On my first visit to Mr. Junedi’s home, a piece of furniture sitting in the corner caught my eye. It was a small cabinet that he had painted with bright colors and whimsical patterns that reminded me of something familiar.
It looked like the art of the symbolist painter Gustav Klimt. It struck me that the works of an Austrian artist from the early 1900s could influence someone living in 2015 Indonesia. He told me that he was inspired by a book of Klimt’s work that he found. And he began to paint.
Junedi felt captivated by the textures, patterns and colors he saw in the works of Gustav Klimt. The organic forms swirling around figures of women seemed dream-like. And the richness of the golden paint captivated his imagination. He wanted to mimic that richness and whimsy in his own works. Sometimes, the creative process is sparked by an unlikely connection that is not limited by location or era.
Back in the U.S., I couldn’t stop thinking about that piece of furniture. For months, I thought about it. So I finally decided to ask if he could paint a mirror in that same style. It took a few rounds of design development, but finally, we reached a product that I thought would appeal to the American consumer, while still holding true to the authenticity of the original piece Mr. Junedi had created. We crossed our fingers and released it.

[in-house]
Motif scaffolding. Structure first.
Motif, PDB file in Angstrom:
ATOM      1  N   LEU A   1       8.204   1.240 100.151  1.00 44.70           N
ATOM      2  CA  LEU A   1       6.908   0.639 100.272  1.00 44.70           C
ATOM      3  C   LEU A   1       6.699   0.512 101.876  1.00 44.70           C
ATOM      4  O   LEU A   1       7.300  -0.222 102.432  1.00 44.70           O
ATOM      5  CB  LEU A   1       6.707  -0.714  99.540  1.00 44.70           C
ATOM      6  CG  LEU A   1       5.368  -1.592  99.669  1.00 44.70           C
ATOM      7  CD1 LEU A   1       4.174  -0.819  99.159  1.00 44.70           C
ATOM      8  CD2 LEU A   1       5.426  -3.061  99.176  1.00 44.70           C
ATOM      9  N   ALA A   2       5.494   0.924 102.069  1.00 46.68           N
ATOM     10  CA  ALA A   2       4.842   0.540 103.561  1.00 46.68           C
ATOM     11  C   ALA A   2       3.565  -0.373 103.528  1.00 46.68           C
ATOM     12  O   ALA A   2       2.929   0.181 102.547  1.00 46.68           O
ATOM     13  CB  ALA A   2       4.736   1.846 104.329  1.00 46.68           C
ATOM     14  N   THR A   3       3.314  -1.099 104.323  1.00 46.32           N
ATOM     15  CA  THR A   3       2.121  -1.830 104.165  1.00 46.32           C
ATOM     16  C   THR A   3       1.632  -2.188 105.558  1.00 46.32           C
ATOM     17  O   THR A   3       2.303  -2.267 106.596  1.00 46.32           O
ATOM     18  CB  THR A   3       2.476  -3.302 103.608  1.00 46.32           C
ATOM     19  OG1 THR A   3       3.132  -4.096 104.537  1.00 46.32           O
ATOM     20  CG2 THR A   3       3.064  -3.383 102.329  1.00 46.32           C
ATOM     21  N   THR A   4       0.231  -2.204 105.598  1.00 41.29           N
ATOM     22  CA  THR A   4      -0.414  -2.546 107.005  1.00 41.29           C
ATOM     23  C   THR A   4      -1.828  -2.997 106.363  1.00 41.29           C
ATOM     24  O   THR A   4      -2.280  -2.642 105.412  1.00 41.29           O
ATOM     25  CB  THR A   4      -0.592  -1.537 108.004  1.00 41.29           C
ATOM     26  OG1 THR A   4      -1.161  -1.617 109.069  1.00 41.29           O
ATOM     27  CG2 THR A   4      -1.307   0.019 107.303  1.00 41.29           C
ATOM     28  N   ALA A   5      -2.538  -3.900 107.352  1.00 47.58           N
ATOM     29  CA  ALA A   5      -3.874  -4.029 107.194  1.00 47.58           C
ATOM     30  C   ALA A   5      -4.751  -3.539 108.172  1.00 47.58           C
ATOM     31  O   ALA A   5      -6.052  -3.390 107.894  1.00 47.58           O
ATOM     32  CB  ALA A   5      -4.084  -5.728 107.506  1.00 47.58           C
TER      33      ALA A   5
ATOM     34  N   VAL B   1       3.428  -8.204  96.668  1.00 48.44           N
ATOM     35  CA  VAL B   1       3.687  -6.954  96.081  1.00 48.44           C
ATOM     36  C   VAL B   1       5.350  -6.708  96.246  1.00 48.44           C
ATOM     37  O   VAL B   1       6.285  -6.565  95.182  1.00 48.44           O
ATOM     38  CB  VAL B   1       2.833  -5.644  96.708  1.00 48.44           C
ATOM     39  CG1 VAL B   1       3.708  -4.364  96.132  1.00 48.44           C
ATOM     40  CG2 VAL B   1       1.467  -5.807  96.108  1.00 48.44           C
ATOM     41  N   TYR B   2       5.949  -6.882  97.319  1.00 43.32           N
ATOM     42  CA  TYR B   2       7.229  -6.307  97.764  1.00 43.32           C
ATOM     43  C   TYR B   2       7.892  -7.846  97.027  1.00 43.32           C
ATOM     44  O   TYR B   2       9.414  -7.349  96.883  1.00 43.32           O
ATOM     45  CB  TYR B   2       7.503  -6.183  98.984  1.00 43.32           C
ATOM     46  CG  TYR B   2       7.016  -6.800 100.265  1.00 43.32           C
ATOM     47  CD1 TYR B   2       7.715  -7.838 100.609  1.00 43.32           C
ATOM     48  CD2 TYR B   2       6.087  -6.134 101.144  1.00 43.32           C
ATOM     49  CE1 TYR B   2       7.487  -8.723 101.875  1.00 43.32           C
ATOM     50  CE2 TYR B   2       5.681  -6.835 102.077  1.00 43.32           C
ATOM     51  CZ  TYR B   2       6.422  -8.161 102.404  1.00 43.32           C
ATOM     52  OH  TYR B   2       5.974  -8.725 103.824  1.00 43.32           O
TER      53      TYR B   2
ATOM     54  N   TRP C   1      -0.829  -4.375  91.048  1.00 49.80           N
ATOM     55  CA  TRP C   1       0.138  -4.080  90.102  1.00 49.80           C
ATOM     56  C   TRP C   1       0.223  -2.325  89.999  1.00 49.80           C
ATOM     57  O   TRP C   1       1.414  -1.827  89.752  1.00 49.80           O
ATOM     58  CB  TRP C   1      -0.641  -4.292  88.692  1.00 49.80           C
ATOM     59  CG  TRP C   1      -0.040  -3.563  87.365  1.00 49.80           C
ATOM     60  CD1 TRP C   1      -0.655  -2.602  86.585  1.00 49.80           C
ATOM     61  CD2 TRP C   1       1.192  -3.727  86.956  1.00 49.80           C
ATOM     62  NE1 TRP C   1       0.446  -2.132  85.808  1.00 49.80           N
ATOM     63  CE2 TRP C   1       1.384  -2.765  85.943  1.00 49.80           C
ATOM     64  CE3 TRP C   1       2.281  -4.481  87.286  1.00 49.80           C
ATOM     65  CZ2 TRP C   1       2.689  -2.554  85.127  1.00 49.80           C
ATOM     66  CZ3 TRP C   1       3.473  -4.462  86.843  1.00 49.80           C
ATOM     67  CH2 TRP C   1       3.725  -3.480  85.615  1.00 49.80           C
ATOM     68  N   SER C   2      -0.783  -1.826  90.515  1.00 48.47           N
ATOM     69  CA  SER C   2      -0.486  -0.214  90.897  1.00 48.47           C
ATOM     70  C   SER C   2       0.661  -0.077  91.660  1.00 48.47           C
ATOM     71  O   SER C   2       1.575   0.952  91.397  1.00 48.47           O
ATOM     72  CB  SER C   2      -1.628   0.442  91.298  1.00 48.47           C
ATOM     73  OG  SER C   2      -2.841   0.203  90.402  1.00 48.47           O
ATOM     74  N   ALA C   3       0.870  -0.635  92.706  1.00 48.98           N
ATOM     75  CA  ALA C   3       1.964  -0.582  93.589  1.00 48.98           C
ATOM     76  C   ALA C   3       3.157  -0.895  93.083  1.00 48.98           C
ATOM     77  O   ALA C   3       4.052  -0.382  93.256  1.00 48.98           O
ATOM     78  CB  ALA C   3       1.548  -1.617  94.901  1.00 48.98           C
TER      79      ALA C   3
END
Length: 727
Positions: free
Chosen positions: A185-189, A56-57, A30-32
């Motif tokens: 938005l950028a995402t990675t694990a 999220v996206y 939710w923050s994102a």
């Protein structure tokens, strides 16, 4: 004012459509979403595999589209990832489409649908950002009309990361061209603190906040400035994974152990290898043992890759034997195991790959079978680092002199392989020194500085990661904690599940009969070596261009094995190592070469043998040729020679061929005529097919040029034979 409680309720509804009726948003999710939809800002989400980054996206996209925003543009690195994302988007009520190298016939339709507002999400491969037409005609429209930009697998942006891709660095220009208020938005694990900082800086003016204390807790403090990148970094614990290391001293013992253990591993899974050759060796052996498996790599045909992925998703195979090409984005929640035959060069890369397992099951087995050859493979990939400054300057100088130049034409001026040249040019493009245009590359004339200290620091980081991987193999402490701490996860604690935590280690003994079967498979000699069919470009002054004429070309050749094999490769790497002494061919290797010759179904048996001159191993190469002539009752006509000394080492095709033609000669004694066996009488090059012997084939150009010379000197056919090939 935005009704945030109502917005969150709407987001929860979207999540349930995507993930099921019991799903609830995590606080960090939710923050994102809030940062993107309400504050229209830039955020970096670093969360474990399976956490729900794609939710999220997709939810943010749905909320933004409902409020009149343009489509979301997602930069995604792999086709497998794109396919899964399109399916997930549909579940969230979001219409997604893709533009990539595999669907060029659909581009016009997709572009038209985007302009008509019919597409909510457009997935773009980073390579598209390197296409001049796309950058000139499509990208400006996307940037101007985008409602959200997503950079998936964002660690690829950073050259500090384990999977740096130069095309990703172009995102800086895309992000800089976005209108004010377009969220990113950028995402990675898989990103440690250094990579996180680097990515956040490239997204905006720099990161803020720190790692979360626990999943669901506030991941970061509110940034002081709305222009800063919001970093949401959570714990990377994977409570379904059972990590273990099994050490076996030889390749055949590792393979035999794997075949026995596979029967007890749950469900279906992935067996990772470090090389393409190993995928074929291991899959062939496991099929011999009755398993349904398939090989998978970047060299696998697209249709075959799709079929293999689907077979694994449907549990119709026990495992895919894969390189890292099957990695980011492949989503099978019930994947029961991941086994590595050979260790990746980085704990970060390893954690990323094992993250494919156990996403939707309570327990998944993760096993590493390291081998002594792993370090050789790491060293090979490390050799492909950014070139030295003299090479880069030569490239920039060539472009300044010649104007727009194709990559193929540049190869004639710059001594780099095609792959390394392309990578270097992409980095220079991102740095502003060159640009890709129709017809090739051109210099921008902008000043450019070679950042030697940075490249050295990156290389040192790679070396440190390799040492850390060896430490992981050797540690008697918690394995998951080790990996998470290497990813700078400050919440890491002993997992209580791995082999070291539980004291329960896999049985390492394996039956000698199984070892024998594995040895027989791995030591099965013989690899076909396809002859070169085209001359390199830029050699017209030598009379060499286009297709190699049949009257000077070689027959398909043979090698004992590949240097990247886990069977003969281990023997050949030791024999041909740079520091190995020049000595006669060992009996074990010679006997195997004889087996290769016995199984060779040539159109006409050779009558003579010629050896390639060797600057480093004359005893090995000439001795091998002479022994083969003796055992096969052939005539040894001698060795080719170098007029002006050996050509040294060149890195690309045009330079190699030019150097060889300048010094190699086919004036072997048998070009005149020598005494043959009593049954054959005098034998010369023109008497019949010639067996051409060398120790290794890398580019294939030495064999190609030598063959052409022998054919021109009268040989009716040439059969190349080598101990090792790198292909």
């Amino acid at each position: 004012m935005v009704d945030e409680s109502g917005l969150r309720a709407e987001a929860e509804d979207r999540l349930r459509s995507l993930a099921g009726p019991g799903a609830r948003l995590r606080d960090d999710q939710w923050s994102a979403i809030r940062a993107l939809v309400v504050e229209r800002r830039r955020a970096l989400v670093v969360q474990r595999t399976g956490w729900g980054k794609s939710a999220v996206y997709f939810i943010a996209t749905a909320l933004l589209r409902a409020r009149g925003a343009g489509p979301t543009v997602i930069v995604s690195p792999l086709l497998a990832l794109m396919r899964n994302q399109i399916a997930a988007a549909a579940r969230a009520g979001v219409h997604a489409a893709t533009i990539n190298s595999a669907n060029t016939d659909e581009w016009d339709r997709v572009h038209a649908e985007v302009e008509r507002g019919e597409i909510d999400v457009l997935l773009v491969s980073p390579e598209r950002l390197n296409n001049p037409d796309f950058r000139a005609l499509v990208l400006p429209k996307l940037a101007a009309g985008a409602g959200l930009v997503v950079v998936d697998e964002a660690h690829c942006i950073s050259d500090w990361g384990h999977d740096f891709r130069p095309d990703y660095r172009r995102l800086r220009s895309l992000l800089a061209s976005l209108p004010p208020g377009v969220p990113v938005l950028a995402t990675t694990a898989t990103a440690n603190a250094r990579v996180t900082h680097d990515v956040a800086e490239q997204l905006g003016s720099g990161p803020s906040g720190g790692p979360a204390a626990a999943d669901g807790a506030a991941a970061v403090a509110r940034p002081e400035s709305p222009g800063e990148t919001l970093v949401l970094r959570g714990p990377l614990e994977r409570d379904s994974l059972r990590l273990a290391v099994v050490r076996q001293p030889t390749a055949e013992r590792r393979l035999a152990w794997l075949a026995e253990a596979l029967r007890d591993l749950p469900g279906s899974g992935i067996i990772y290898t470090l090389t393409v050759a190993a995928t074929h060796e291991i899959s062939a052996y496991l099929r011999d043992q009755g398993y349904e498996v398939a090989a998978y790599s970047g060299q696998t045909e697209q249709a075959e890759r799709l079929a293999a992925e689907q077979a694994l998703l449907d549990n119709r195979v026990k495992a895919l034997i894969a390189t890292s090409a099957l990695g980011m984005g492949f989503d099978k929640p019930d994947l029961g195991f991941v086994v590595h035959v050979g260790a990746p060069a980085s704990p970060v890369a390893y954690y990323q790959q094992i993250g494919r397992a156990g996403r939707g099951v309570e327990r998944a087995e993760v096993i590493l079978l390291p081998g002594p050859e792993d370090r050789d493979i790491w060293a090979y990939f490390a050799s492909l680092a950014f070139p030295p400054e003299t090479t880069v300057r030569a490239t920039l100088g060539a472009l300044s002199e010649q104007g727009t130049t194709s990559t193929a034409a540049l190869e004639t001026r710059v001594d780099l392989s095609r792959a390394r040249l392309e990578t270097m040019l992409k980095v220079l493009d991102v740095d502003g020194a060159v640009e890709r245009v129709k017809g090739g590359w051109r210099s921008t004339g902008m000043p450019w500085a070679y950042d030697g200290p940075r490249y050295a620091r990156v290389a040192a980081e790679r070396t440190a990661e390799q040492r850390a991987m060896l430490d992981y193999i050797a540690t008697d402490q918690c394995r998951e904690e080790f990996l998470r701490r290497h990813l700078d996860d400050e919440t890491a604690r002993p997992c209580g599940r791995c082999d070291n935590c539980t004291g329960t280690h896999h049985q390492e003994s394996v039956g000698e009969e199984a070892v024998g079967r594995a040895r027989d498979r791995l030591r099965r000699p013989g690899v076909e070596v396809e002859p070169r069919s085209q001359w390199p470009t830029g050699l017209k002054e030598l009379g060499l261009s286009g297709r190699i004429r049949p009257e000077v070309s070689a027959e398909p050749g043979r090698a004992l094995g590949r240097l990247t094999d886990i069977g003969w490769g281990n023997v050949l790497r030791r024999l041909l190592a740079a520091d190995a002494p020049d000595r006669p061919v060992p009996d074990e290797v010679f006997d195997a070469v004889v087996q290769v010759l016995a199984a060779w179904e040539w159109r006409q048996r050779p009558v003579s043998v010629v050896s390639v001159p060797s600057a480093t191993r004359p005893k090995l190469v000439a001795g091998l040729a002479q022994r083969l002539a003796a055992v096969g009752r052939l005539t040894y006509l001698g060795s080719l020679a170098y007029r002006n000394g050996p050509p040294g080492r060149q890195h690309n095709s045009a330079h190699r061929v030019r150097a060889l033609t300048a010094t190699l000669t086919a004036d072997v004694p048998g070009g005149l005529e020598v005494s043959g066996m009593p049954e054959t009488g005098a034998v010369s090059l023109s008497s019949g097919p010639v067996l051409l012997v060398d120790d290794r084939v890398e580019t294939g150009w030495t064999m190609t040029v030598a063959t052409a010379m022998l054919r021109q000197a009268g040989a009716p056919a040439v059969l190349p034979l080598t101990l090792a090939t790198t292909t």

We were so excited that the mirror seemed to be popular. I was so happy for Mr. Junedi. We decided to develop a wine board as well as a set of coasters to fit the wine theme, as accompanying pieces. The wine board, meant to hang on the wall as a functional piece of art, turned out to be an intense engineering project between me, other members of the Purchasing team, and the makers at Apikri.
Many of the buyers were traveling at that time, so we worked on construction logistics while we were spread all across the globe! Mr. Junedi was finally able to find just the right sized drill bit (down to the exact millimeter) and make holes at just the right angle to suspend the weight of a wine bottle. The completed product is stunning.
It’s amazing to think that each of these products began over 100 years ago with an Austrian artist, and came to life through a found book, and a gifted maker: Mr. Junedi.
This story was written by Dalaiah: Ten Thousand Villages buyer for Cambodia, Vietnam, Indonesia, Laos and the Philippines.